Do You Lack Emotional Intelligence?
When we think of success, we think of intelligence levels, creativity and perseverance. We’re unlikely to think about the part that emotions play. However, research shows that as much as 87% of our success comes from soft skills such as emotional intelligence. So, is your emotional intelligence holding you back from success?
What is emotional intelligence?
Emotional intelligence is complex. However, there are typically five aspects that all play an essential part in your emotional intelligence makeup;
This is the ability to recognise and understand your own emotions. Furthermore, you can monitor and identify all of the emotions you are feeling and how they may affect your actions. It is also important to have the self-awareness to see how your actions and emotions affect others.
- Social skills
Interaction with others is a critical aspect of emotional intelligence. The way you put your social skills to work through communication, forming positive impressions and building relationships is vital for both your personal and professional life.
Being able to self-regulate means you can express your emotions appropriately. Furthermore, you can be flexible with how you feel so that you can adapt well to change.
Having a high level of emotional intelligence can actually be a tool to keep you motivated. It enables you to fulfil your needs and achieve your goals. It goes beyond fame, recognition and money. Instead, it focuses on the need to succeed by being proactive and enjoying experiences while also knowing how you can do things better.
Empathy not only allows you to recognise emotions in others but to be able to understand and respond appropriately. Being highly empathetic will enable you to understand the dynamics of people and their emotions and how they can influence relationships and situations.
How emotionally intelligent are you?
This quiz is a great way to have a quick overview of your emotional intelligence.
Do you lack emotional intelligence?
There are lots of signs of low emotional intelligence which may be familiar to you. If you experience any of these, don’t worry. I’ll offer my tips on how to improve your emotional intelligence for each situation.
If you find yourself in lots of arguments and disputes, it may be because you are failing to understand how you and the other person is feeling.
Fix it: It is important to respond, rather than react. Try to stay calm and remember that the goal of the conflict is not to win, but to reach a resolution together. Keep this in mind, so that your words and actions demonstrate this goal, rather than being impulsive and creating a bigger problem.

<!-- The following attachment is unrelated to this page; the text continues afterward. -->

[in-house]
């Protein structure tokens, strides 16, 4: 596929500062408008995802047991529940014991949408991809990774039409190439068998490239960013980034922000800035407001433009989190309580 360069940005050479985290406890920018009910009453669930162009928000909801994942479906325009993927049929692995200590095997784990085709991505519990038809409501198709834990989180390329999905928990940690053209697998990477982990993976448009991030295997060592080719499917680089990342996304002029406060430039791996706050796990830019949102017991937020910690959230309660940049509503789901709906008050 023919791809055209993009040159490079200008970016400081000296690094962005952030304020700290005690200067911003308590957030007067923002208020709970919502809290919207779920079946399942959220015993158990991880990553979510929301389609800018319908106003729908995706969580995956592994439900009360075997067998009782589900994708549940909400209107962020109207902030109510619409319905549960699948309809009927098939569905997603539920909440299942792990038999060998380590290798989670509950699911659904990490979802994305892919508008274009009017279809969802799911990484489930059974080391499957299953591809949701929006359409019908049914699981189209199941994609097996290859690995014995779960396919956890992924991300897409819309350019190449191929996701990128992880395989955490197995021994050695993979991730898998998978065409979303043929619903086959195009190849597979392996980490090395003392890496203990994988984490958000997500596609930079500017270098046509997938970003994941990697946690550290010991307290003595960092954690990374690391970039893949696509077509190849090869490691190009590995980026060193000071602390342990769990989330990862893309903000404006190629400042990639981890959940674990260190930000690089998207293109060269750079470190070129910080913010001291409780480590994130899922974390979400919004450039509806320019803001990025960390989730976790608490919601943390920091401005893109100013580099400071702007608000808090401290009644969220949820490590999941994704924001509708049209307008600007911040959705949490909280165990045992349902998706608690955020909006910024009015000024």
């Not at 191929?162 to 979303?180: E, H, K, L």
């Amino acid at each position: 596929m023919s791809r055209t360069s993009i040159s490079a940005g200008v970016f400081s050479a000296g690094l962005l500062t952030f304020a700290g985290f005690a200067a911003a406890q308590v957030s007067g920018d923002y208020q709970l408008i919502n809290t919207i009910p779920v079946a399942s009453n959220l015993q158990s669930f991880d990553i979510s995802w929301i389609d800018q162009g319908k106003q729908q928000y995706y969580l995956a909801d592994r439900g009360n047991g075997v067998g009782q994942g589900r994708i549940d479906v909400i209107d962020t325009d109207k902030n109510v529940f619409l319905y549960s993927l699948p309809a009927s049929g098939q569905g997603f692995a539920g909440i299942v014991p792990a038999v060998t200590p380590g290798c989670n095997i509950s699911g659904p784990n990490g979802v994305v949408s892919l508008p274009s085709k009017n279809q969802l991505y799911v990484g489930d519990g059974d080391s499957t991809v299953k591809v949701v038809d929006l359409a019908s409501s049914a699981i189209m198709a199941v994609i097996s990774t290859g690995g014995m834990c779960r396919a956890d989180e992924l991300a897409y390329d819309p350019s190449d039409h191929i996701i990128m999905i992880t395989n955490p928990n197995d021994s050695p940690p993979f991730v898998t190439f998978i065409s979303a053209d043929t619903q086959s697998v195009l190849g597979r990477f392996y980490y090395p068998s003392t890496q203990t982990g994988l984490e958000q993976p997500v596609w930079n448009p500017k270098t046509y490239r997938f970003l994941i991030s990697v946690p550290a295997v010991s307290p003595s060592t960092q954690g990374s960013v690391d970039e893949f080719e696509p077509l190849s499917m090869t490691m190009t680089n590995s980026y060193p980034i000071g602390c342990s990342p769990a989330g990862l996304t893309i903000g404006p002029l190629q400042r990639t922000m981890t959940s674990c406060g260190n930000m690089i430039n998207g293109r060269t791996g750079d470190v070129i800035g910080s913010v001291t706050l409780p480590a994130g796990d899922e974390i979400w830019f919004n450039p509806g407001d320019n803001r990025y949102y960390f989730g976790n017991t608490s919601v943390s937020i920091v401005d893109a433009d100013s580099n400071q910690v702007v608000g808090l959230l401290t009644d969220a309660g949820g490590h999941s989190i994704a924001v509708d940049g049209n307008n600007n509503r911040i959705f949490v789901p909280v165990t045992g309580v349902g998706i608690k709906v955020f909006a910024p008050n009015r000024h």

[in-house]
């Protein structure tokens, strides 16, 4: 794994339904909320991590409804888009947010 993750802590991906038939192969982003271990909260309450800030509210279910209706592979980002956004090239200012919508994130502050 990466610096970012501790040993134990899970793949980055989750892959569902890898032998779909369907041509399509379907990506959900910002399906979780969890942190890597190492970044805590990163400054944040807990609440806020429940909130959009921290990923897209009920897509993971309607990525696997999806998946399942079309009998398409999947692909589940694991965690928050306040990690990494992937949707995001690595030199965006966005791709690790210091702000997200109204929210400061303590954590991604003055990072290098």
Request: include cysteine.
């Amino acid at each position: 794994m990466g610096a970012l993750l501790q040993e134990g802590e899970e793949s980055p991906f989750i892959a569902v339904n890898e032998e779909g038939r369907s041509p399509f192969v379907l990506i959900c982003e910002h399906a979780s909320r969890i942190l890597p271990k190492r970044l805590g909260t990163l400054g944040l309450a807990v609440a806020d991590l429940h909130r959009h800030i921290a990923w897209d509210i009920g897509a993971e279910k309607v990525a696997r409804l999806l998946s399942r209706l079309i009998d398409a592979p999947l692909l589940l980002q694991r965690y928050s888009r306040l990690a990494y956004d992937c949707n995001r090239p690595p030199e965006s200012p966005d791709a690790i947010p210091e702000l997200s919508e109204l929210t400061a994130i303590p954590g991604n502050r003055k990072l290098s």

2. ‘They’re too sensitive.’
Often, people who do not have high emotional intelligence will believe that others are being too sensitive rather than they are insensitive. It could be that someone may find it challenging to understand the emotions of others and the tone of a situation which could lead to inappropriate comments and then an outburst that they then deem being ‘oversensitive’.
Fix it: Try to practice active listening skills where you pick up on nonverbal clues and the details of the conversation. This not only shows respect to the speaker but allows you to gauge the tone of the situation and enable you to determine the emotions of the individual to avoid making inappropriate comments.
3. Running away
Whether it is simply apologising in an argument just to end the situation or hiding away when you’re feeling emotional, if you tend to run away from emotional fallout, you may not feel comfortable with emotionally charged situations. However, hiding your emotions and struggling to share how you’re feeling with others can be a sign of low emotional intelligence.
Fix it: Practise self-awareness of your emotions by journaling, so it becomes easier to identify what you are feeling and why. When you practice this, you will usually then find it easier to pick up on the emotions of others through what they say and their body language. When you’re ready, you can become more assertive in expressing your feelings, without becoming passive, aggressive or being rude to others.
Three top tips for improving your emotional intelligence
- Recognise your stressors
When you can identify the activities and experiences that can cause emotional outbursts and make you feel stressed, you can be proactive in either removing the stressor or managing it better. This could be something as simple as refusing to look at your emails at night or turning your phone off entirely when you need some downtime.
- Practice positive thinking
Improving your emotional intelligence will not automatically mean you will no longer have emotional outbursts; emotional intelligence evolves over time and does take practice. However, there may be situations that send you into a meltdown. Just remember that you can bounce back from adverse situations by being positive and optimistic. Don’t dwell on negativity. Instead, look for constructive actions and then focus on being positive.
- Put yourself in their shoes
The best way to practice empathy is to think from the perspective of the other person. However, it is essential to remember that just because you are trying to see things from another person’s view that you will understand how they feel. However, it does help to remind you of what the other person may be going through. You can check whether you’d be upset if the situation were the other way around.
If you want to improve your emotional intelligence, then my bespoke blended therapy can help equip you with the tools and strategies to recognise and respond to emotions in the most effective way for your needs. Find out more in a free 15-minute consultation. Please book your free consultation with me by emailing firstname.lastname@example.org or calling 0207 971 7677.